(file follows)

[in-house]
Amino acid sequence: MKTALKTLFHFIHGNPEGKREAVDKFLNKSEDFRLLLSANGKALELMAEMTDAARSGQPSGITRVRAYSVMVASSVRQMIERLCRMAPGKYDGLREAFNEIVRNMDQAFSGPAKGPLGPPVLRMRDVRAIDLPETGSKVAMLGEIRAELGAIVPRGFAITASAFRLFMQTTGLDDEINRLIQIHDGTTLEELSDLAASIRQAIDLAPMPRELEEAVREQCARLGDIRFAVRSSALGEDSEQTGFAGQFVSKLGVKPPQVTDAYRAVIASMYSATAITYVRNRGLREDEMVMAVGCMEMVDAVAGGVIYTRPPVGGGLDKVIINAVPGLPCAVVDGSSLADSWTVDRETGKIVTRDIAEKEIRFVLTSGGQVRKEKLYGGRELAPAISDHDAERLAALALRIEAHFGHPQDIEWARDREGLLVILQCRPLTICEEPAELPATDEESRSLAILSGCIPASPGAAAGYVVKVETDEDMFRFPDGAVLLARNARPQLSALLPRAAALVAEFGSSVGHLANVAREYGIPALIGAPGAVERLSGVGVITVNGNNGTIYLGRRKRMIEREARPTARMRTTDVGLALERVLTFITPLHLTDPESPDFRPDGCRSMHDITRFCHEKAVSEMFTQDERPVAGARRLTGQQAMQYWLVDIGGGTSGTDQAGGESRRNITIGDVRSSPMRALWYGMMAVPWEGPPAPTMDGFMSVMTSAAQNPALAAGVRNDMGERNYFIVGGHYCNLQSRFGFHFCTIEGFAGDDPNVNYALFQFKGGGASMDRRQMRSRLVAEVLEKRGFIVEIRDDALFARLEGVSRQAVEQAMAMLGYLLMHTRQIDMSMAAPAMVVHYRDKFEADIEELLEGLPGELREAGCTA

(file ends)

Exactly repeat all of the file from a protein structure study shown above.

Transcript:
[in-house]
Amino acid sequence: MKTALKTLFHFIHGNPEGKREAVDKFLNKSEDFRLLLSANGKALELMAEMTDAARSGQPSGITRVRAYSVMVASSVRQMIERLCRMAPGKYDGLREAFNEIVRNMDQAFSGPAKGPLGPPVLRMRDVRAIDLPETGSKVAMLGEIRAELGAIVPRGFAITASAFRLFMQTTGLDDEINRLIQIHDGTTLEELSDLAASIRQAIDLAPMPRELEEAVREQCARLGDIRFAVRSSALGEDSEQTGFAGQFVSKLGVKPPQVTDAYRAVIASMYSATAITYVRNRGLREDEMVMAVGCMEMVDAVAGGVIYTRPPVGGGLDKVIINAVPGLPCAVVDGSSLADSWTVDRETGKIVTRDIAEKEIRFVLTSGGQVRKEKLYGGRELAPAISDHDAERLAALALRIEAHFGHPQDIEWARDREGLLVILQCRPLTICEEPAELPATDEESRSLAILSGCIPASPGAAAGYVVKVETDEDMFRFPDGAVLLARNARPQLSALLPRAAALVAEFGSSVGHLANVAREYGIPALIGAPGAVERLSGVGVITVNGNNGTIYLGRRKRMIEREARPTARMRTTDVGLALERVLTFITPLHLTDPESPDFRPDGCRSMHDITRFCHEKAVSEMFTQDERPVAGARRLTGQQAMQYWLVDIGGGTSGTDQAGGESRRNITIGDVRSSPMRALWYGMMAVPWEGPPAPTMDGFMSVMTSAAQNPALAAGVRNDMGERNYFIVGGHYCNLQSRFGFHFCTIEGFAGDDPNVNYALFQFKGGGASMDRRQMRSRLVAEVLEKRGFIVEIRDDALFARLEGVSRQAVEQAMAMLGYLLMHTRQIDMSMAAPAMVVHYRDKFEADIEELLEGLPGELREAGCTA